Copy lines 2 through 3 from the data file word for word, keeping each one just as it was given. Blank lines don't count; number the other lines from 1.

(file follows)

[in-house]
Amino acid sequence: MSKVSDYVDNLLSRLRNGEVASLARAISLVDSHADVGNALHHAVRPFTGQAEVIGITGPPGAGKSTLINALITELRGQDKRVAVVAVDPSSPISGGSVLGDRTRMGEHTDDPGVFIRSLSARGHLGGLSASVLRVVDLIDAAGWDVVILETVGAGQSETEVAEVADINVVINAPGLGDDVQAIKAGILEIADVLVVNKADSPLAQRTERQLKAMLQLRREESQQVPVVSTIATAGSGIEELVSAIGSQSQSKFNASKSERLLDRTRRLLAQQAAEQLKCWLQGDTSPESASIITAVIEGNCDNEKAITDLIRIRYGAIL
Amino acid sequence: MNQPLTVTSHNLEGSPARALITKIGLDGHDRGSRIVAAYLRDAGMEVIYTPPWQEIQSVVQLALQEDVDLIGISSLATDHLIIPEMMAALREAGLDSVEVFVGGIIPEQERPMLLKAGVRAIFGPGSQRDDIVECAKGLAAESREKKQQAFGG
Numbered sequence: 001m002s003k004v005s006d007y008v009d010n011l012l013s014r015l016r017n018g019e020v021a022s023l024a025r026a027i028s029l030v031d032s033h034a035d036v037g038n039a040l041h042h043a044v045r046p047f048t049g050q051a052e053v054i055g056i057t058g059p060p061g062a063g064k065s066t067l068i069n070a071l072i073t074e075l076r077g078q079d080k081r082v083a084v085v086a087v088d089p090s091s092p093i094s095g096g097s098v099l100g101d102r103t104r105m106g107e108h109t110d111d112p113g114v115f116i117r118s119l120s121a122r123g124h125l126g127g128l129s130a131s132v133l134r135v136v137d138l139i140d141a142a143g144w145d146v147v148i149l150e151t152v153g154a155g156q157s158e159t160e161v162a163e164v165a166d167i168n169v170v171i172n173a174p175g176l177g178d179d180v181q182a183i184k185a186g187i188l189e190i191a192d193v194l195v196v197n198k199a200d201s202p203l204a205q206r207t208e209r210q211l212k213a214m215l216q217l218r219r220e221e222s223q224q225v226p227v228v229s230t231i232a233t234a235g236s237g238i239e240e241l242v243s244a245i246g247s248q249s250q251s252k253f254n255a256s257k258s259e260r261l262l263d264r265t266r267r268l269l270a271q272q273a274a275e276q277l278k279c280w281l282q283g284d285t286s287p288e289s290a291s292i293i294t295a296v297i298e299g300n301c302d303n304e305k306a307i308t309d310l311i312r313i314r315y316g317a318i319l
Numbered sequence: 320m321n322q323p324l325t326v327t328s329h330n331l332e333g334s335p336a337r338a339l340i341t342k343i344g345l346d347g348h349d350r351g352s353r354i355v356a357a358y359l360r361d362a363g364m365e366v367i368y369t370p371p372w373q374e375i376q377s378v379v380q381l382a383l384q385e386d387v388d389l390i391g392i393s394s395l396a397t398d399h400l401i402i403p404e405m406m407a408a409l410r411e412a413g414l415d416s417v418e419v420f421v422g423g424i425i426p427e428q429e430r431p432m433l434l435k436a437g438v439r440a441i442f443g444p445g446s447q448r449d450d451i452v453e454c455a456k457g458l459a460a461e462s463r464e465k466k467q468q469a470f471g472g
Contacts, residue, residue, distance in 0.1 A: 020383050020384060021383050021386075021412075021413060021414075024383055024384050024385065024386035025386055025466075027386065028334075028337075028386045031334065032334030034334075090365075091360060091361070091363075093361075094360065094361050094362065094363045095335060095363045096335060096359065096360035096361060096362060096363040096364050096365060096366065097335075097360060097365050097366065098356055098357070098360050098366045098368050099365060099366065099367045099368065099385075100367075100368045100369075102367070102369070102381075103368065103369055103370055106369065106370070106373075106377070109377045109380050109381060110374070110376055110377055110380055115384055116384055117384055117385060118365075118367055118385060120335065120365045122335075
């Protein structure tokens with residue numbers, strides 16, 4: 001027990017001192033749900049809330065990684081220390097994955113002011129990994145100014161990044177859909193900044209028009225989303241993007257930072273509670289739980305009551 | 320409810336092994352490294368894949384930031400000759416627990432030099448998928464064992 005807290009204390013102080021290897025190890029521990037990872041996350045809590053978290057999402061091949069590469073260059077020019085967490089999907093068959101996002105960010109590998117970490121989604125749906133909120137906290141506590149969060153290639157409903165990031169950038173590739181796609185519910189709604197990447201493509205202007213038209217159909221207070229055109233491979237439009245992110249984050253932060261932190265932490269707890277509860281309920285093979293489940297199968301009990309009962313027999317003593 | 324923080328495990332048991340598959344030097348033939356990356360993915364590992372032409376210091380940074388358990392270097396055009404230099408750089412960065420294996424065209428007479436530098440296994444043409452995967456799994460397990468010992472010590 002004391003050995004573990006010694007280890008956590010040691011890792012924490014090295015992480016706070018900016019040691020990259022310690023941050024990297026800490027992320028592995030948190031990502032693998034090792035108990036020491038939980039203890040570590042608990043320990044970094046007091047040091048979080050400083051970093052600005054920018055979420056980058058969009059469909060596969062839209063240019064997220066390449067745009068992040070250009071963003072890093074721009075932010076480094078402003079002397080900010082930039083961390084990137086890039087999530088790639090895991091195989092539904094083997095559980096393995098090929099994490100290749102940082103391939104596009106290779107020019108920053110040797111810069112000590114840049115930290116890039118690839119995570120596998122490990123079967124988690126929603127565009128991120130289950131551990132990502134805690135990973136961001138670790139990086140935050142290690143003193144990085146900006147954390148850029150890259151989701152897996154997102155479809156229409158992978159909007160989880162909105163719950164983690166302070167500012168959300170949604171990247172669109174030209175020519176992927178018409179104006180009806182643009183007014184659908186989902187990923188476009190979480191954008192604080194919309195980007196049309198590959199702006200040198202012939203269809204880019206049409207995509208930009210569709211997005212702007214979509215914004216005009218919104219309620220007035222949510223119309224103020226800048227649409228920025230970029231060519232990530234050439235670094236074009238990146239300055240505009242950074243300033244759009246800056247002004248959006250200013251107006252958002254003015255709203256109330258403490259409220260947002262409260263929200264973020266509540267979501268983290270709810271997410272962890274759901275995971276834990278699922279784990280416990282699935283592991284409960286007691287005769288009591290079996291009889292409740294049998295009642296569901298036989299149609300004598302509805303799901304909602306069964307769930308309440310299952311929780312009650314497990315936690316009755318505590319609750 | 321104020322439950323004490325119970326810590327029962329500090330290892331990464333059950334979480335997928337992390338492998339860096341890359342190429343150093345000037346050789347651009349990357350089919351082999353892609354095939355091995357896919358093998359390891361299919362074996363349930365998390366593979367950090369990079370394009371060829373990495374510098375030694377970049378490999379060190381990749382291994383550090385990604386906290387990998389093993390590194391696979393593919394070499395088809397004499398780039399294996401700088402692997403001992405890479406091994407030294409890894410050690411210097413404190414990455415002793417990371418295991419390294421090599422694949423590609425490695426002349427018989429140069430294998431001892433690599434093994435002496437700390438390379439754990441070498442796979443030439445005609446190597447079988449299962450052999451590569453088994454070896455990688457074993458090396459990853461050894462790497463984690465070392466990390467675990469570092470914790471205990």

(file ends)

Amino acid sequence: MSKVSDYVDNLLSRLRNGEVASLARAISLVDSHADVGNALHHAVRPFTGQAEVIGITGPPGAGKSTLINALITELRGQDKRVAVVAVDPSSPISGGSVLGDRTRMGEHTDDPGVFIRSLSARGHLGGLSASVLRVVDLIDAAGWDVVILETVGAGQSETEVAEVADINVVINAPGLGDDVQAIKAGILEIADVLVVNKADSPLAQRTERQLKAMLQLRREESQQVPVVSTIATAGSGIEELVSAIGSQSQSKFNASKSERLLDRTRRLLAQQAAEQLKCWLQGDTSPESASIITAVIEGNCDNEKAITDLIRIRYGAIL
Amino acid sequence: MNQPLTVTSHNLEGSPARALITKIGLDGHDRGSRIVAAYLRDAGMEVIYTPPWQEIQSVVQLALQEDVDLIGISSLATDHLIIPEMMAALREAGLDSVEVFVGGIIPEQERPMLLKAGVRAIFGPGSQRDDIVECAKGLAAESREKKQQAFGG